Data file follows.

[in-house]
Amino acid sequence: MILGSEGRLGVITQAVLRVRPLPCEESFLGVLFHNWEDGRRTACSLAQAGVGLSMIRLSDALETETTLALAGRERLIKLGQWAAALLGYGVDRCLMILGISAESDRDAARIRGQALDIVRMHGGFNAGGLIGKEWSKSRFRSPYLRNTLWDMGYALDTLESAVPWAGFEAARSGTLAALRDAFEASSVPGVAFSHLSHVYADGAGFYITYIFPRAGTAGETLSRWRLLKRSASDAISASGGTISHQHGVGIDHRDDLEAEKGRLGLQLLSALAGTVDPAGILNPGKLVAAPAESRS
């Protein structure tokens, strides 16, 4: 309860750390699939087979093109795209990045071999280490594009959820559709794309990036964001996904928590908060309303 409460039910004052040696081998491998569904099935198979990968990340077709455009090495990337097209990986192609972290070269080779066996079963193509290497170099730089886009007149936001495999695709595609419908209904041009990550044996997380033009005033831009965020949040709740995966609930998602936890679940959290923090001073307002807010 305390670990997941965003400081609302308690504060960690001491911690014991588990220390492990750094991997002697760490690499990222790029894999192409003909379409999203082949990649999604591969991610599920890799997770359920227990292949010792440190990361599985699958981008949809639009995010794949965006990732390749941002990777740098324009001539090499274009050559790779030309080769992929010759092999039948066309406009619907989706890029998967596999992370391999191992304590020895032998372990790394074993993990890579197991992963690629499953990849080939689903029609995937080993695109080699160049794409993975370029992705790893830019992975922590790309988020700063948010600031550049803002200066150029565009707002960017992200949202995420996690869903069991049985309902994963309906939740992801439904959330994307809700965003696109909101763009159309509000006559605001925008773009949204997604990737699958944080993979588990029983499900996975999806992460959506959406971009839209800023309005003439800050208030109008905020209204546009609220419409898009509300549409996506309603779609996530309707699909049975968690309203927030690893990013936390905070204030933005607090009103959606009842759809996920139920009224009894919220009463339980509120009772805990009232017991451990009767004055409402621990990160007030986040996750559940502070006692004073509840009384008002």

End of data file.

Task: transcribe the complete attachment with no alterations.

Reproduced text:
[in-house]
Amino acid sequence: MILGSEGRLGVITQAVLRVRPLPCEESFLGVLFHNWEDGRRTACSLAQAGVGLSMIRLSDALETETTLALAGRERLIKLGQWAAALLGYGVDRCLMILGISAESDRDAARIRGQALDIVRMHGGFNAGGLIGKEWSKSRFRSPYLRNTLWDMGYALDTLESAVPWAGFEAARSGTLAALRDAFEASSVPGVAFSHLSHVYADGAGFYITYIFPRAGTAGETLSRWRLLKRSASDAISASGGTISHQHGVGIDHRDDLEAEKGRLGLQLLSALAGTVDPAGILNPGKLVAAPAESRS
């Protein structure tokens, strides 16, 4: 309860750390699939087979093109795209990045071999280490594009959820559709794309990036964001996904928590908060309303 409460039910004052040696081998491998569904099935198979990968990340077709455009090495990337097209990986192609972290070269080779066996079963193509290497170099730089886009007149936001495999695709595609419908209904041009990550044996997380033009005033831009965020949040709740995966609930998602936890679940959290923090001073307002807010 305390670990997941965003400081609302308690504060960690001491911690014991588990220390492990750094991997002697760490690499990222790029894999192409003909379409999203082949990649999604591969991610599920890799997770359920227990292949010792440190990361599985699958981008949809639009995010794949965006990732390749941002990777740098324009001539090499274009050559790779030309080769992929010759092999039948066309406009619907989706890029998967596999992370391999191992304590020895032998372990790394074993993990890579197991992963690629499953990849080939689903029609995937080993695109080699160049794409993975370029992705790893830019992975922590790309988020700063948010600031550049803002200066150029565009707002960017992200949202995420996690869903069991049985309902994963309906939740992801439904959330994307809700965003696109909101763009159309509000006559605001925008773009949204997604990737699958944080993979588990029983499900996975999806992460959506959406971009839209800023309005003439800050208030109008905020209204546009609220419409898009509300549409996506309603779609996530309707699909049975968690309203927030690893990013936390905070204030933005607090009103959606009842759809996920139920009224009894919220009463339980509120009772805990009232017991451990009767004055409402621990990160007030986040996750559940502070006692004073509840009384008002």